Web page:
Every Fever is not Malaria

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 You develop a fever and headache and feel a bit run down. You decide that you probably have malaria, so you go to your local medicine vendor to buy paracetamol and an anti-malarial drug.

 

Did you know that Chloroquine is no longer effective against malaria?

 

You contribute to drug resistance by self-medication with antimalarial drugs. This means that malaria is becoming resistant to drugs that used to be effective against it because of the indiscriminate use of antimalarial drugs.

 

Every fever is not Malaria! Other diseases like Typhoid, Flu, Pneumonia, Lassa Fever and even Ebola all have similar early symptoms as malaria.

 

Classically, with malaria, you have periodic chills, rigors, and high fevers followed by profuse sweating, which occur at regular intervals of 48 to 72 hours. Symptoms may also include headache, fatigue/Loss of energy, nausea and vomiting, muscle or back pain or both, loss of appetite, dizziness, and delirium (especially in children). Malaria sometimes causes a dry cough. Again, all of these symptoms can occur in other infections caused by bacteria, viruses and parasites.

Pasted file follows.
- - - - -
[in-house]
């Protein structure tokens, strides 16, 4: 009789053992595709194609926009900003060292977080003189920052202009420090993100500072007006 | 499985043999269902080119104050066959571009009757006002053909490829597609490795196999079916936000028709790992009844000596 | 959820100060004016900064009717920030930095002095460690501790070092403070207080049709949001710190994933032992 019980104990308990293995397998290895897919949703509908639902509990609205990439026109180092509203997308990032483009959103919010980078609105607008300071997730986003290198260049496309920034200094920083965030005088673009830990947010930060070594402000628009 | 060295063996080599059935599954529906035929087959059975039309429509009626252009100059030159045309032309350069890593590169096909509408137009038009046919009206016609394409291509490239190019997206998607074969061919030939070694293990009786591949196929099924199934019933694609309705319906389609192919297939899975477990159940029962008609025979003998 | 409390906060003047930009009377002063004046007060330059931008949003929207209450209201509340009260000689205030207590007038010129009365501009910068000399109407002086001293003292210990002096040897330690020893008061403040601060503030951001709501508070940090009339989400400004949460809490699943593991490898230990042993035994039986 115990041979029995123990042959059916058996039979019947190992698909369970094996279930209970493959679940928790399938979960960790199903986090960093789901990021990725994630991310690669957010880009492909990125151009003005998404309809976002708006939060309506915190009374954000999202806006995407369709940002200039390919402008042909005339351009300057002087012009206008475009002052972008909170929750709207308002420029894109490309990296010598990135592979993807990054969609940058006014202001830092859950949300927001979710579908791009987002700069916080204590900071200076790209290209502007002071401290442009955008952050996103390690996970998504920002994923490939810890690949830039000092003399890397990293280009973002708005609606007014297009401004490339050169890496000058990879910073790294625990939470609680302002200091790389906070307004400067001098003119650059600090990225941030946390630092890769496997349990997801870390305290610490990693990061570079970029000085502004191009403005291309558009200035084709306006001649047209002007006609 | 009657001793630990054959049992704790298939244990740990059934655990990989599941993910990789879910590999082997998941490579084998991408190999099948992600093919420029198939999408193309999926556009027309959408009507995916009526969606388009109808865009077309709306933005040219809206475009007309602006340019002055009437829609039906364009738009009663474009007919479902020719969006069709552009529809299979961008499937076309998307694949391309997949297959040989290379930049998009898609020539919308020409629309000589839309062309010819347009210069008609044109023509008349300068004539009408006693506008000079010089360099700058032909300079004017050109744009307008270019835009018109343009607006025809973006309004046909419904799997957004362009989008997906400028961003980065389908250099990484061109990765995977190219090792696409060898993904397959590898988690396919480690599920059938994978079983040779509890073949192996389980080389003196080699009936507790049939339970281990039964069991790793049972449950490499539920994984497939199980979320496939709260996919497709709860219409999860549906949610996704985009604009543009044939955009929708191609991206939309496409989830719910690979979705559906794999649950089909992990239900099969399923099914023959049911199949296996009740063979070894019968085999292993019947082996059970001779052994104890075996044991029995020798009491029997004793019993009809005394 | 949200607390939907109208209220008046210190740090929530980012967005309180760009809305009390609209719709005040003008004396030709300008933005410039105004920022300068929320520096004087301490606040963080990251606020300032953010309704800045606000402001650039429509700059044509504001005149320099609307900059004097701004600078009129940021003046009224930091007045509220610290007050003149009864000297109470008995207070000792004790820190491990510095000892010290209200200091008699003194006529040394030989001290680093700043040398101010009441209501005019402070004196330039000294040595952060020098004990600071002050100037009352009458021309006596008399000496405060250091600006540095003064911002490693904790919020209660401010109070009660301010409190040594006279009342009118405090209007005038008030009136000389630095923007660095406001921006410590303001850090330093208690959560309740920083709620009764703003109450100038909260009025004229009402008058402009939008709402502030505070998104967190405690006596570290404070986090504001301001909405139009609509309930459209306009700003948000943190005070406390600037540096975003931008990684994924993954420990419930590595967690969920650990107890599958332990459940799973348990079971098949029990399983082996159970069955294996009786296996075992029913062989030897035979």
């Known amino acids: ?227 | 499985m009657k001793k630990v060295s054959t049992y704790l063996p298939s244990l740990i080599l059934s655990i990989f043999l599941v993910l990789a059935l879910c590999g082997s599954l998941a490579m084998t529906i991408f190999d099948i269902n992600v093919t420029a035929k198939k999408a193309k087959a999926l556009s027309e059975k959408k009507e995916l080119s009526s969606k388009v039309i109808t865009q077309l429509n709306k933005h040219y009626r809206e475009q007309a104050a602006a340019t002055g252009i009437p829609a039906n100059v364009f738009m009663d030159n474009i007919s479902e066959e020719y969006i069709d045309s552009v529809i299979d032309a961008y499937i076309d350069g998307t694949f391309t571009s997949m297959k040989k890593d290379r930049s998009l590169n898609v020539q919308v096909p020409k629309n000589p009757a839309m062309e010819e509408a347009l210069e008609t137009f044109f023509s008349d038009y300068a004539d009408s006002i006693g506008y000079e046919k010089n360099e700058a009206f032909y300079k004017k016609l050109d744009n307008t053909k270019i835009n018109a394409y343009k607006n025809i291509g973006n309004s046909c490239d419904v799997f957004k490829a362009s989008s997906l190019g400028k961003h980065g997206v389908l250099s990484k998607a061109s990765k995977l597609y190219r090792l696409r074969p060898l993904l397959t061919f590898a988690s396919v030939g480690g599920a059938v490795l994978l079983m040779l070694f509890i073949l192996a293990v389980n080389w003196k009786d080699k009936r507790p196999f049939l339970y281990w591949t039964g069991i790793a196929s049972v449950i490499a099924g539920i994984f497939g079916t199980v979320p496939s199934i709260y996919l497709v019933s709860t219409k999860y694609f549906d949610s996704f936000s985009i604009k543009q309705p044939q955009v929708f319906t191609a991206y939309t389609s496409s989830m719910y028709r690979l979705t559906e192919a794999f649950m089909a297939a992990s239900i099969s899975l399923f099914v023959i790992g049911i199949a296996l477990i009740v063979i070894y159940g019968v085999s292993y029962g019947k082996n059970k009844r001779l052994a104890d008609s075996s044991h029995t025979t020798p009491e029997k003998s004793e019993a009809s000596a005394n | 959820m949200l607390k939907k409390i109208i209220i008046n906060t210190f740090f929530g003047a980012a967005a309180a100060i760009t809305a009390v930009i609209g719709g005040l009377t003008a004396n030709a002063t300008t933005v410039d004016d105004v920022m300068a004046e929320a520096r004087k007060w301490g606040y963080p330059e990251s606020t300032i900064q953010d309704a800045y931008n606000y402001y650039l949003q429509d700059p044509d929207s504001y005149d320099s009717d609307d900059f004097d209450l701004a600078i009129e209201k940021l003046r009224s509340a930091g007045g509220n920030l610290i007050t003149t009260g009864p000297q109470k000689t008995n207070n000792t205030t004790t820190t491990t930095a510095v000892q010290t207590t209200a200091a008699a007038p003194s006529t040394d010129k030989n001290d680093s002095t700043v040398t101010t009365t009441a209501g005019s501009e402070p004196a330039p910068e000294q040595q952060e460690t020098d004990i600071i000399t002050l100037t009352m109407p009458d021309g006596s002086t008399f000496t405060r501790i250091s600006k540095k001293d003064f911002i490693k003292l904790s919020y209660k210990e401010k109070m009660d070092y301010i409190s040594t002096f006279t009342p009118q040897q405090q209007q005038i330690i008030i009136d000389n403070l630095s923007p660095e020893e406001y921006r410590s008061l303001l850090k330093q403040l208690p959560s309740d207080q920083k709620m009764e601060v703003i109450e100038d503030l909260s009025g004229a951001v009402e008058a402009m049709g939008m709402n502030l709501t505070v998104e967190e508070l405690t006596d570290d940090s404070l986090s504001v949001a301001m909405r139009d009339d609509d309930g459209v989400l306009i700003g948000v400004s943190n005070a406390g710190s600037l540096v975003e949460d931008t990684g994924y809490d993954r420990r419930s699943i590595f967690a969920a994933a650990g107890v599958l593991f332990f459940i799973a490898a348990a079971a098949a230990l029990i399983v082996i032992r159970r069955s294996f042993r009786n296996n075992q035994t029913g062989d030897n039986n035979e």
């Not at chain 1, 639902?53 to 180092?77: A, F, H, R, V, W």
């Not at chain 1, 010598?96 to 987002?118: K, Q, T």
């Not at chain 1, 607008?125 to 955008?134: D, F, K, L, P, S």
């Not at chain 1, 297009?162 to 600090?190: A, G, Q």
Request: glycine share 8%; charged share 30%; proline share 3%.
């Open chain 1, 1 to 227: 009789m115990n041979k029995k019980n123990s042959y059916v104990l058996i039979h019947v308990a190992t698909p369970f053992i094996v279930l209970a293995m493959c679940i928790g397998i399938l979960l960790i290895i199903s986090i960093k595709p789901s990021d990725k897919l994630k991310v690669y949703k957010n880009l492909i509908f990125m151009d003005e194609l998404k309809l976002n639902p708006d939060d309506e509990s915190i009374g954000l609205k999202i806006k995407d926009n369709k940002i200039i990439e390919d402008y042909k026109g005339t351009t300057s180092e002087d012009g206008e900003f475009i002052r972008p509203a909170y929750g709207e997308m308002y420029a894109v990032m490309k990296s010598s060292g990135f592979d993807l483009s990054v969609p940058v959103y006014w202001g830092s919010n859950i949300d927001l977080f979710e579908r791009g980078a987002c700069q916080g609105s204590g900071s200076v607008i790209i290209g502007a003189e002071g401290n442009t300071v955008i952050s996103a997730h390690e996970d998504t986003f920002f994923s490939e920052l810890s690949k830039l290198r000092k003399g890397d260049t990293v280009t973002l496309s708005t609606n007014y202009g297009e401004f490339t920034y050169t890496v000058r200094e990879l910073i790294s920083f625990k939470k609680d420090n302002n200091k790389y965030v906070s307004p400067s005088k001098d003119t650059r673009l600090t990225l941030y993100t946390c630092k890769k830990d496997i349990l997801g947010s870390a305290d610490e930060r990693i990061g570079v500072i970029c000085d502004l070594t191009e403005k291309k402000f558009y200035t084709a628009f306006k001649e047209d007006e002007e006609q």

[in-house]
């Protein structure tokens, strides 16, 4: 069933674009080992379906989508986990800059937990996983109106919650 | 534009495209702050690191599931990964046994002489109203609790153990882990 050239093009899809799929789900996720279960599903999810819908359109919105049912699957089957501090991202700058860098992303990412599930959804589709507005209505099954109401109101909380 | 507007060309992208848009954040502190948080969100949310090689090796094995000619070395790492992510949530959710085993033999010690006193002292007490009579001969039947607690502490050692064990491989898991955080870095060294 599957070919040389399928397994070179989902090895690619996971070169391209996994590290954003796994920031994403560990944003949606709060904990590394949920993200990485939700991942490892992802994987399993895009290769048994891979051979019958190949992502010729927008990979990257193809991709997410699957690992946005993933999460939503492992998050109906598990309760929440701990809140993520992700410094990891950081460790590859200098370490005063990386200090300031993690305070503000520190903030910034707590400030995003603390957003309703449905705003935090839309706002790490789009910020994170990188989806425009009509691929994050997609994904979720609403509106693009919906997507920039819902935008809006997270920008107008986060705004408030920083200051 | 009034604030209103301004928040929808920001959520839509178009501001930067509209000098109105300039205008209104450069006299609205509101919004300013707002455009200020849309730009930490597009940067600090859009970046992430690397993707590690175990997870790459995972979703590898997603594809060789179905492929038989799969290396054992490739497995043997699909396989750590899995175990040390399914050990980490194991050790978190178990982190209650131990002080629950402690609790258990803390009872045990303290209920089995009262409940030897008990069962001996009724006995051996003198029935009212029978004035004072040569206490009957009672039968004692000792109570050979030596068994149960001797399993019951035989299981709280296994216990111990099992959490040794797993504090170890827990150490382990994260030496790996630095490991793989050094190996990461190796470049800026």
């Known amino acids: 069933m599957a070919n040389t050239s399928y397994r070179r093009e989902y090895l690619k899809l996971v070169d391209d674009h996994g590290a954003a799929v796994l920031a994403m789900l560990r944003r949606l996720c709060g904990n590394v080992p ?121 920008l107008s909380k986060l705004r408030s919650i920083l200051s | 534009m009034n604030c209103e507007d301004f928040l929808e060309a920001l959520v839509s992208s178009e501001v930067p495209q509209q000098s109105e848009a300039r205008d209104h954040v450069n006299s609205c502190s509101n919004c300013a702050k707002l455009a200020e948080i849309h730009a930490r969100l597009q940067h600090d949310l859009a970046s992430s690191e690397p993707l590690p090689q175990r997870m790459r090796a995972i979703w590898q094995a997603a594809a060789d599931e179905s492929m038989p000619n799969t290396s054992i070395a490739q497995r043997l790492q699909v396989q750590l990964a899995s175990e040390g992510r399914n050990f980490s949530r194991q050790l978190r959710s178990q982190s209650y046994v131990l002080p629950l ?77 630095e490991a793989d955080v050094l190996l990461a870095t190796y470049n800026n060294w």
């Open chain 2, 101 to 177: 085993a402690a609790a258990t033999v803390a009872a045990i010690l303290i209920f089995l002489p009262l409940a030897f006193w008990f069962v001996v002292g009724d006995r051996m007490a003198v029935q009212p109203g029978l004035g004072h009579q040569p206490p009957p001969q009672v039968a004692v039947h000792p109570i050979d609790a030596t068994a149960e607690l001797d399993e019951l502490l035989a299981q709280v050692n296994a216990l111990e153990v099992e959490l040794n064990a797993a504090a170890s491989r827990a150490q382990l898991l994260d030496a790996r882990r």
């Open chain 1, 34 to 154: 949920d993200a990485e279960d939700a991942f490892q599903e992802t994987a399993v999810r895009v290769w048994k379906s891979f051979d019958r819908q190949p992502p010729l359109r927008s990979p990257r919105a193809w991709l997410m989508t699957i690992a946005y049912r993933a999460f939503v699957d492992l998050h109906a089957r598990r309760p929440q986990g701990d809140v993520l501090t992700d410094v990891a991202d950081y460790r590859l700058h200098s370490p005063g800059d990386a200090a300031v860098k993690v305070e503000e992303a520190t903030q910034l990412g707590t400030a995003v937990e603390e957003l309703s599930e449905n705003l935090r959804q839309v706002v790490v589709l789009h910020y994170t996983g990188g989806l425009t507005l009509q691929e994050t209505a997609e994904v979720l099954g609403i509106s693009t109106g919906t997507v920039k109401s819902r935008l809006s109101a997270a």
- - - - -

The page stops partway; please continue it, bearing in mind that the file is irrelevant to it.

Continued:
In some cases, malaria can lead to impaired function of the brain or spinal cord, seizures, or loss of consciousness. Sometimes a stroke can present this way and it is critical that it is not misdiagnosed as malaria.

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There are reliable, quick and simple tests available to detect whether or not you have malaria. Testing before treatment ensures that you’re being treated for the right problem.

 

  • A Malaria Rapid Diagnosis Test (RDT) is done by pricking your finger and will show if you have malaria and treatment is necessary.

 

  • A Urine Malaria Test (UMT) is also now undergoing the approval process for general use, and requires only a small amount of urine to show if you have malaria.

 

Children especially, should be tested before treatment so that they can receive proper treatment with ACT (Artemisinin Combination Therapy) drugs. Self-diagnosing a more serious condition as malaria happens routinely and is the most common reason for delay in treatment of illnesses that could have been easily managed if detected early.

 

Remember, Every fever is not Malaria! You contribute to drug resistance by self-medication with antimalarial drugs AND you may be misdiagnosing a more serious condition. A simple Malaria Rapid Diagnosis Test will indicate if treatment is necessary – even for children.

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